Excerpt from beginning of Foreword by Caroline Emery
“Bow Works: Progressive Technique for Double Bass” is a volume designed to enable the formation of good habits. Every step has been analysed and is presented gradually, carefully and progressively. Most bad habits and poor technique come from rushed and far from well thought-out steps and activities completed in the early stages of playing. Outside influences, such as pressure from parents, schools, orchestras and using poor equipment, often play an unhealthy role in the first lessons. The first steps are crucial, as we are aiming to establish the skills needed to play the instrument. The double bass is a complex and large instrument and it presents demands that have to be explained and understood in a simple and clear way. The best results are achieved if the learning is experiential, physical and communicative. The issue of stamina is not to be underestimated whilst learning any instrument. However, the double bass presents more challenges than most, particularly when dealing with young children and growing bodies.
I have aimed to present each step carefully and clearly with plenty of opportunity for reinforcement. “One thing at a time” has been the guiding concept. I can hear the critics cry “Oh it does not go fast enough!” Just do it and then you will see and you will be totally amazed. Patience is a great skill to acquire and the results of learning to focus and concentrate are absolutely rewarding to watch. What is more fascinating to realise is the potential for these skills to transform the learning in other areas and disciplines. Remember what you are thinking may not be anything to do with the student experience. Aim to put the student and their experience first at all times.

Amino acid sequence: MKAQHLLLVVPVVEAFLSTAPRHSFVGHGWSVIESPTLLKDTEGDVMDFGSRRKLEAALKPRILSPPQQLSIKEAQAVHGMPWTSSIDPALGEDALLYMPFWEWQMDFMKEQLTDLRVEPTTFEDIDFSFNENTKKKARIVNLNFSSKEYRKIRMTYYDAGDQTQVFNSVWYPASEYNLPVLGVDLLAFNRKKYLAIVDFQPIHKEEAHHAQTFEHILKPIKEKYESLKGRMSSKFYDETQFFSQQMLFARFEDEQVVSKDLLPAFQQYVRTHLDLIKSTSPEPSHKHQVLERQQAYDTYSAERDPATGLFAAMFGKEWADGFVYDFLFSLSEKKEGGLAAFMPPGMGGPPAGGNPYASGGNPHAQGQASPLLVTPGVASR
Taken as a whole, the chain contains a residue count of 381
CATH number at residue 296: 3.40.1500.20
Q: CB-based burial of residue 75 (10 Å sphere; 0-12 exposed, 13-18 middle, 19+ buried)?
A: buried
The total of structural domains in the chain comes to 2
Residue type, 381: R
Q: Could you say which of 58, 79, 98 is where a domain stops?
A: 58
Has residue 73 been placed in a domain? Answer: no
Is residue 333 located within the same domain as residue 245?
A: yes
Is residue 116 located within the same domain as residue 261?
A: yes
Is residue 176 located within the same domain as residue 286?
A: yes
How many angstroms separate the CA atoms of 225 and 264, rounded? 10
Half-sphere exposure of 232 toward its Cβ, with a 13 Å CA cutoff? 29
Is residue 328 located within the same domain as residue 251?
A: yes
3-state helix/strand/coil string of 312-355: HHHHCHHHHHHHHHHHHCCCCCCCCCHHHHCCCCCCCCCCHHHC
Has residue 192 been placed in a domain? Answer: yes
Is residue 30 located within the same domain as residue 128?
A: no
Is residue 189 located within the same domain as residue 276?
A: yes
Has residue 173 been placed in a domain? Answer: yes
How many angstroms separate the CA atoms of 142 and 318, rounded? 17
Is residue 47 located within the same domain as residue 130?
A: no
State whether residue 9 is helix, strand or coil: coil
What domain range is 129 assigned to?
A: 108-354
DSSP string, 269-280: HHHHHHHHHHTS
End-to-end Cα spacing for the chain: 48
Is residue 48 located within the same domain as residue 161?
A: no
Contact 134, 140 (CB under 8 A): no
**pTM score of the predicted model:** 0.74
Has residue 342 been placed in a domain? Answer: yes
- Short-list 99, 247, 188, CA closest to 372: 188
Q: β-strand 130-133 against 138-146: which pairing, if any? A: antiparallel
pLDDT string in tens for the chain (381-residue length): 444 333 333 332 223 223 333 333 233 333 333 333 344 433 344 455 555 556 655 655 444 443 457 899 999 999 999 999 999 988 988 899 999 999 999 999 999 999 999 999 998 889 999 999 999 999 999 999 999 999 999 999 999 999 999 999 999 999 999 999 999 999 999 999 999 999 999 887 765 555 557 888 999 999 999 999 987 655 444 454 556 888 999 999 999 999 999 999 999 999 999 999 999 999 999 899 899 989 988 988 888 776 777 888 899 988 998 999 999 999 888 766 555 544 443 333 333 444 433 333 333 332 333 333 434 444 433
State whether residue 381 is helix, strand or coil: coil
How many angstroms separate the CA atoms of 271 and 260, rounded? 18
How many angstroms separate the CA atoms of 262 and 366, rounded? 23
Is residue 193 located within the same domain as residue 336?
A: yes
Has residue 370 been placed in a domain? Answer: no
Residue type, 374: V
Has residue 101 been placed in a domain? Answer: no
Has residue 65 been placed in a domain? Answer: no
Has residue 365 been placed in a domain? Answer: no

My first book “Bass is Best” was published in 1988 when I was 26. It was written out of desperation to create suitable material for the first generation of mini-bass players. Established British composers wrote the piano parts for this volume, producing a rich aural and musical experience for the students and enriching the available repertoire. Having used the material in Books 1 and 2 alongside other resources for nearly 30 years, I am still frustrated with how challenging the first 3-4 years of learning can be for students. Also, as a professor in a leading conservatoire, I can see many technical issues and difficulties in older students’ playing. The same issues can be seen over and over again and I resolved to change this experience by writing this material.
In this volume there are no piano parts or distractions because I want the student to focus entirely on listening to themselves.
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